Artillery heard as S. Korea, U.S. begin military drills
CTV.ca News Staff
Published Saturday, November 27, 2010 10:26PM EST
The U.S. and South Korea began a joint military exercise in the Yellow Sea on Sunday, while reports of new artillery fire sent residents on South Korea's Yeonpyeong Island into bomb shelters.South Korea's Joint Chiefs of Staff said that one artillery round was heard being fired from a military base near North Korea's sea border on Sunday. It wasn't clear where the round landed.
As a result, sirens coaxed island residents into bomb shelters, as the U.S. and South Korea began conducting military exercises in the region.On Saturday, North Korea warned of retaliation if the United States and South Korea went ahead with naval exercises in the Yellow Sea.
The four-day military exercise began on Sunday, after the two Koreas used strong language to suggest more violence was possible.
Resentment between the two sides has grown since Tuesday, when North Korea fired an artillery barrage onto the small fishing island of Yeonpyeong that claimed the lives of two South Korean marines and two civilians.
Protesters took their anger to the streets of the South Korean capital of Seoul on Saturday, not long after a national public funeral was held for the two slain marines.
During the funeral, a military commander said "they will take the anger and hostility in their bones and strike back at North Korea," CTV's Janis Mackey Frayer told CTV News Channel Saturday during a telephone interview from Yeonpyeong.
"There's been a ramping up in the sharp words from both sides over the last few days. The latest from Pyongyang is that North Korean leaders are vowing a sea of fire if their territory is breached and if the U.S. and South Korea go ahead with these joint military exercises, they should be seeing unpardonable provocation," Mackey Frayer said.
She also noted that the South Korean President, Lee Myung-bak, said he was going to review the rules of engagement and agreed that in the past, South Korea had been too passive when it comes to acts of aggression by North Korea.
He cited the sinking of a South Korean military warship in March, where a North Korean torpedo was responsible for killing 46 sailors, according to a South-Korean led investigation.
Both the U.S. and South Korea have been urging China, North Korea's closest ally, to use its influence to help moderate the situation. Though China has assured it will do its best to ease tensions, the joint military exercise by the two countries is causing unease in Beijing.
On Friday, North Korea used a burst of artillery fire to signal its fury with South Korea and the U.S. North Korea warned the conditions brewing in the Korea peninsula have pushed it to the "brink of war."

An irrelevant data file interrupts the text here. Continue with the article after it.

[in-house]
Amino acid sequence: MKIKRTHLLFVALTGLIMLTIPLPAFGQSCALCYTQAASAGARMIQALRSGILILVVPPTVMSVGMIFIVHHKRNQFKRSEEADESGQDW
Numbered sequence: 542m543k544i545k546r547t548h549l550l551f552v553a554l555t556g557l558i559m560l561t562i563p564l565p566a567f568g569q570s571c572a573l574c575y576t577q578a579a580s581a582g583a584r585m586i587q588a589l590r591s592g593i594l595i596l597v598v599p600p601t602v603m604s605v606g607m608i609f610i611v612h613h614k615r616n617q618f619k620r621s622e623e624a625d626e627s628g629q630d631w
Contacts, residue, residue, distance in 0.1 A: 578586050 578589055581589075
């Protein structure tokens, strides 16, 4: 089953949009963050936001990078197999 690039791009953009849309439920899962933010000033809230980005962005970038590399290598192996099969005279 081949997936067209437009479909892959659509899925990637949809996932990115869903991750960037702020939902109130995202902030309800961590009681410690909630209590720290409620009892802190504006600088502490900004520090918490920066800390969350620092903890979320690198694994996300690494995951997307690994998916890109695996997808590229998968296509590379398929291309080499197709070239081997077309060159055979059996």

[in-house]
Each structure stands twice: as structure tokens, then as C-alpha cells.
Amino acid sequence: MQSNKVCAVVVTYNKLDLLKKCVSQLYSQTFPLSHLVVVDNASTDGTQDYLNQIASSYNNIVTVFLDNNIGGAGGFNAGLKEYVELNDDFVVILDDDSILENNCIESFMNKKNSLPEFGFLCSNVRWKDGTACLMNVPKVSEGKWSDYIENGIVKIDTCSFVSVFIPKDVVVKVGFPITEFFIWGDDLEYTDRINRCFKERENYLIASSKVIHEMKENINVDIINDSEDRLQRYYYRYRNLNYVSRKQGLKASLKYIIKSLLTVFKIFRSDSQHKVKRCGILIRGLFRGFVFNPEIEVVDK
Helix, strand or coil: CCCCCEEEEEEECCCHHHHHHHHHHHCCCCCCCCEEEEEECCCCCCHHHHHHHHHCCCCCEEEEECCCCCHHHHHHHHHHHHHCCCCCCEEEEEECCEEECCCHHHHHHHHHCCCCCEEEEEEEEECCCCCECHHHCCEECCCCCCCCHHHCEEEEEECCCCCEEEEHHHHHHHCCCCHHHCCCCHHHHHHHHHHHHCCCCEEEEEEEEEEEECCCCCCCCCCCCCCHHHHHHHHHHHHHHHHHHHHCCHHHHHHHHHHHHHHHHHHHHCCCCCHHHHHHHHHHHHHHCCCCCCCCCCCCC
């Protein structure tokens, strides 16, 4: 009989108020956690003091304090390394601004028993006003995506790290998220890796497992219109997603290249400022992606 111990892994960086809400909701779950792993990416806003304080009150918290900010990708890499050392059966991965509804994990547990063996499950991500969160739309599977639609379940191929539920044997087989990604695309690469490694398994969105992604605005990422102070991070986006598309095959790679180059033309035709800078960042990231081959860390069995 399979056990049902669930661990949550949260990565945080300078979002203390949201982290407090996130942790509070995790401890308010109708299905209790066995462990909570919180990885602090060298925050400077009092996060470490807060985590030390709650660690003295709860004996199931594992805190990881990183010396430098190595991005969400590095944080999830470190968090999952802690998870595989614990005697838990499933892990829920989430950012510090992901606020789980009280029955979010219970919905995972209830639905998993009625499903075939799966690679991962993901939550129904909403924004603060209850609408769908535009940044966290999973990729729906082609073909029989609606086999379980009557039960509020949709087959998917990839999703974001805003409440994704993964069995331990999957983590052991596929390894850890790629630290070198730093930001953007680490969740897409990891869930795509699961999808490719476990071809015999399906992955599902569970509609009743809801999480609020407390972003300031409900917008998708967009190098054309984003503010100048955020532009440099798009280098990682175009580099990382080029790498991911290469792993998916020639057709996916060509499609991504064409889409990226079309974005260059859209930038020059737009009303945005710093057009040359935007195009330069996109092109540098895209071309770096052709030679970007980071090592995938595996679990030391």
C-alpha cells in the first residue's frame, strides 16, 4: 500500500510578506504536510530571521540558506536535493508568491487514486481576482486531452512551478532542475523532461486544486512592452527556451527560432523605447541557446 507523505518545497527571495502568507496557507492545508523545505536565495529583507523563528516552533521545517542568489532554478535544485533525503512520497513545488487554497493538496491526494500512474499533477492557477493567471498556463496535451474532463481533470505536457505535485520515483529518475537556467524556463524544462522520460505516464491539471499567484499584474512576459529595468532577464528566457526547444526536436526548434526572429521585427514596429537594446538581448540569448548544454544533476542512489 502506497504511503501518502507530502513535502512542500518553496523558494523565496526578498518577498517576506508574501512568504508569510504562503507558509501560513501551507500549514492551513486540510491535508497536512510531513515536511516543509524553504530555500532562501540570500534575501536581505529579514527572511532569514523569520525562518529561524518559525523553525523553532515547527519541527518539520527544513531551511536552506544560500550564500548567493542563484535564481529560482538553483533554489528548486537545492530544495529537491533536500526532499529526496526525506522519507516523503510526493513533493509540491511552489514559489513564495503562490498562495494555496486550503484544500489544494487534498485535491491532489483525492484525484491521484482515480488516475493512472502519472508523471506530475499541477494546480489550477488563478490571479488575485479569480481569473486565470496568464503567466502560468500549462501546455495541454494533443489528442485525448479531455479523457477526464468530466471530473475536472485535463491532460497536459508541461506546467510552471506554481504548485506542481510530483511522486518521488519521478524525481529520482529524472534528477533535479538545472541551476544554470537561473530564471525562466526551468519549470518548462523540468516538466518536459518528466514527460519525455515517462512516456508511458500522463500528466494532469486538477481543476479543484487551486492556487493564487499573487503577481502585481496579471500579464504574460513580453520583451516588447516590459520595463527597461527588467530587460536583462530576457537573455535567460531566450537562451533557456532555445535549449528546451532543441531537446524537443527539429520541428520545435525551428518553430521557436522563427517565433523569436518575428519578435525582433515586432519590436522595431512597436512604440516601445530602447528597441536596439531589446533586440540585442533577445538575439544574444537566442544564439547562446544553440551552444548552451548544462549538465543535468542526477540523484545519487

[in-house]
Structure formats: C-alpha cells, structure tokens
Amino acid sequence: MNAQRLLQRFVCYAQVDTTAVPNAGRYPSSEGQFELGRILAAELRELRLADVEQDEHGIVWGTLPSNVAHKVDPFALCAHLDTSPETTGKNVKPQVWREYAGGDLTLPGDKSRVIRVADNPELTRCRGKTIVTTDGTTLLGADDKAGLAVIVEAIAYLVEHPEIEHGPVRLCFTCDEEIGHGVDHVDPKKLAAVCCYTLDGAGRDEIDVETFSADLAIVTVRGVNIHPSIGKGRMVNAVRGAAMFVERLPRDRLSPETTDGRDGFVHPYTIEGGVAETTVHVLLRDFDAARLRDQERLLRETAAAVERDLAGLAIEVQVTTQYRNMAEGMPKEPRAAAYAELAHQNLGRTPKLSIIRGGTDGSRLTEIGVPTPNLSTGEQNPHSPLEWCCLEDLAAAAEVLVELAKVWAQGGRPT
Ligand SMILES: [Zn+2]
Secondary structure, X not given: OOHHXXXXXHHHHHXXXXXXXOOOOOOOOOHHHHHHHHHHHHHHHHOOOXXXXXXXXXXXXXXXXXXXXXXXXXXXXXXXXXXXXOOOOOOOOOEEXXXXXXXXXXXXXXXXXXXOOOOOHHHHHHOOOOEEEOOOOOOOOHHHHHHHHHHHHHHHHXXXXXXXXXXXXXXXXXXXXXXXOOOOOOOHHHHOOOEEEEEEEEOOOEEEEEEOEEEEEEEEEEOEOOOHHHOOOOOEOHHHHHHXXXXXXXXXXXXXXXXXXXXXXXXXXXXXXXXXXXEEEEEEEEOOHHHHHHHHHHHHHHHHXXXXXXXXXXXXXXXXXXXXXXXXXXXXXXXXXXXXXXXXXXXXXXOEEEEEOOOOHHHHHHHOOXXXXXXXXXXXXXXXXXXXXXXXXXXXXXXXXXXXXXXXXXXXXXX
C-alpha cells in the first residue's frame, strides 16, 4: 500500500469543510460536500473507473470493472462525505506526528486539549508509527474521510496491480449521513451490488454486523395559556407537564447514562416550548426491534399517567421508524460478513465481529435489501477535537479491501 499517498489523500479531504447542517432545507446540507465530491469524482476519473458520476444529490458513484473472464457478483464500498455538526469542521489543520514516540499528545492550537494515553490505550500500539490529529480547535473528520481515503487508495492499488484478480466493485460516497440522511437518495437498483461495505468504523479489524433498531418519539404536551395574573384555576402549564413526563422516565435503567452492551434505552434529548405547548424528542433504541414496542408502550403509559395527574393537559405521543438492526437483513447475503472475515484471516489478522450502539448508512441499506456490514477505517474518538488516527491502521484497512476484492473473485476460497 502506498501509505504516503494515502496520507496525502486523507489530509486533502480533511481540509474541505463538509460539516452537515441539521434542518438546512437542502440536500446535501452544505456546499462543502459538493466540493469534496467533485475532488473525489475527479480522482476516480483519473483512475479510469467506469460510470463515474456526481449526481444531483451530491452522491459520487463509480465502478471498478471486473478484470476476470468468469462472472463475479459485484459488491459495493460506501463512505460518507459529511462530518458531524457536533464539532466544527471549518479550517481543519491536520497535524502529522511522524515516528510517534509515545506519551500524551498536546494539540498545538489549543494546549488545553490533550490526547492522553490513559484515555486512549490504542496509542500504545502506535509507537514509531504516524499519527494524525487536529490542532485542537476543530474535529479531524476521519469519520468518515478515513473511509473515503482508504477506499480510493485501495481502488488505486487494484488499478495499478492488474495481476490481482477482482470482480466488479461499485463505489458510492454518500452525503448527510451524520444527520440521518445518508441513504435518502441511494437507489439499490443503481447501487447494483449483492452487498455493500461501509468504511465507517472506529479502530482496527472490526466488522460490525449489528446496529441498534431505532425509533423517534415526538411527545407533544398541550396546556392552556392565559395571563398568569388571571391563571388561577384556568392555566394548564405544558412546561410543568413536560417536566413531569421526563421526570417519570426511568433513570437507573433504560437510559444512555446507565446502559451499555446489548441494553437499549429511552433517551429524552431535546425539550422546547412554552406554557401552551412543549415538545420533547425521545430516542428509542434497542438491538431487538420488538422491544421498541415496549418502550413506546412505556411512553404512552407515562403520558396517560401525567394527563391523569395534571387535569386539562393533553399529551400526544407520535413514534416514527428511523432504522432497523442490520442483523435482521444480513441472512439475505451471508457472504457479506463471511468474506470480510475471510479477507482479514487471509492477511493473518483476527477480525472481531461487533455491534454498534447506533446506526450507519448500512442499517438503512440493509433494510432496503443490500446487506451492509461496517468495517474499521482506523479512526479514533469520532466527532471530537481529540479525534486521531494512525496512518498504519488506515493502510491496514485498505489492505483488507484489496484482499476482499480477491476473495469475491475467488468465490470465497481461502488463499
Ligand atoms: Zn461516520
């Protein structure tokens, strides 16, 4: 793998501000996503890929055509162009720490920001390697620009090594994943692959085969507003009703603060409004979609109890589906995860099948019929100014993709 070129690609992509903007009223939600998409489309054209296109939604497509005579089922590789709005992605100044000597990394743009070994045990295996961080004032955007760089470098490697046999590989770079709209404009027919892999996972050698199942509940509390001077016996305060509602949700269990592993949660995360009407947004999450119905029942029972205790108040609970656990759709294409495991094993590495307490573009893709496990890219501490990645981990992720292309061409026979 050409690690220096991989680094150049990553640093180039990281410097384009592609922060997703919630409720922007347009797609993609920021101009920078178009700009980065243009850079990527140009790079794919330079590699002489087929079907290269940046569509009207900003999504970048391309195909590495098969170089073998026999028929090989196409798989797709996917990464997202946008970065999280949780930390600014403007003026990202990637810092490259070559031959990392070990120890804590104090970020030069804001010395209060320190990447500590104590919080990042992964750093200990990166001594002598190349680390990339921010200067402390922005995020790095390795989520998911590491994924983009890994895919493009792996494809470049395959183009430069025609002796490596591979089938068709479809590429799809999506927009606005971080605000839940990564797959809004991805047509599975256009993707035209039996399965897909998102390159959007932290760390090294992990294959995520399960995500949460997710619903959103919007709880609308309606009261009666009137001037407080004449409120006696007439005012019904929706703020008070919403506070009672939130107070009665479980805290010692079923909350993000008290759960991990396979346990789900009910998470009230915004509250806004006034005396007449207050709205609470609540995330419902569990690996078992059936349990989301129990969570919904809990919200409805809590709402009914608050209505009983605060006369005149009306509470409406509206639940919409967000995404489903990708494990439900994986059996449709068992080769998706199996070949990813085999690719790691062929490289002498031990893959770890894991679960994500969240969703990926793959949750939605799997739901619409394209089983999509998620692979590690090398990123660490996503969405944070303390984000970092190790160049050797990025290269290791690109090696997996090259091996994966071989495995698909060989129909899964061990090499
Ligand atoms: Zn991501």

The flash of artillery fire could be heard in Yeonpyeong but did not cross North Korea's border.
Only a few dozen South Koreans have stayed behind on the island, which lies just 11 kilometres from the shores of North Korea. They ran to shelters after seeing the faraway flash of artillery.
Friday's artillery burst occurred while U.S. Gen. Walter Sharp was touring the region of Yeonpyeong that came under attack.
The commander of the 28,000 U.S. troops stationed in South Korea called out the North Korean regime for violating the armistice that ended the Korean War in 1953.
"We at the United Nations Command will investigate this completely and call on North Korea to stop any future attacks," Sharp said Friday.
But in North Korea, Pyongyang's government insisted that the U.S. was an aggressor, by stating an intention to take part in the joint military drills with South Korea in disputed waters.
A North Korean military official bragged about the Tuesday attack in which the military "precisely aimed and hit the enemy artillery base."
The official also made reference to a possible forthcoming "shower of dreadful fire."
In South Korea, more troops and better weapons were being deployed to the island, while the president and his government tried to pin down their next move against the unpredictable and defiant North Korea regime.
While the U.S. has sent a nuclear-powered aircraft carrier to the Yellow Sea to take part in the exercises with South Korea, there seem to be few options for cooling things down with North Korea.
As a result, South Korea and the U.S. are leaning on China to help drop the temperature of the feverish resentment that is building up in North Korea.
China is a rare source of influence on North Korea and Chinese state media announced Friday that Beijing's foreign minister had met with the North Korean ambassador.
With files from The Associated Press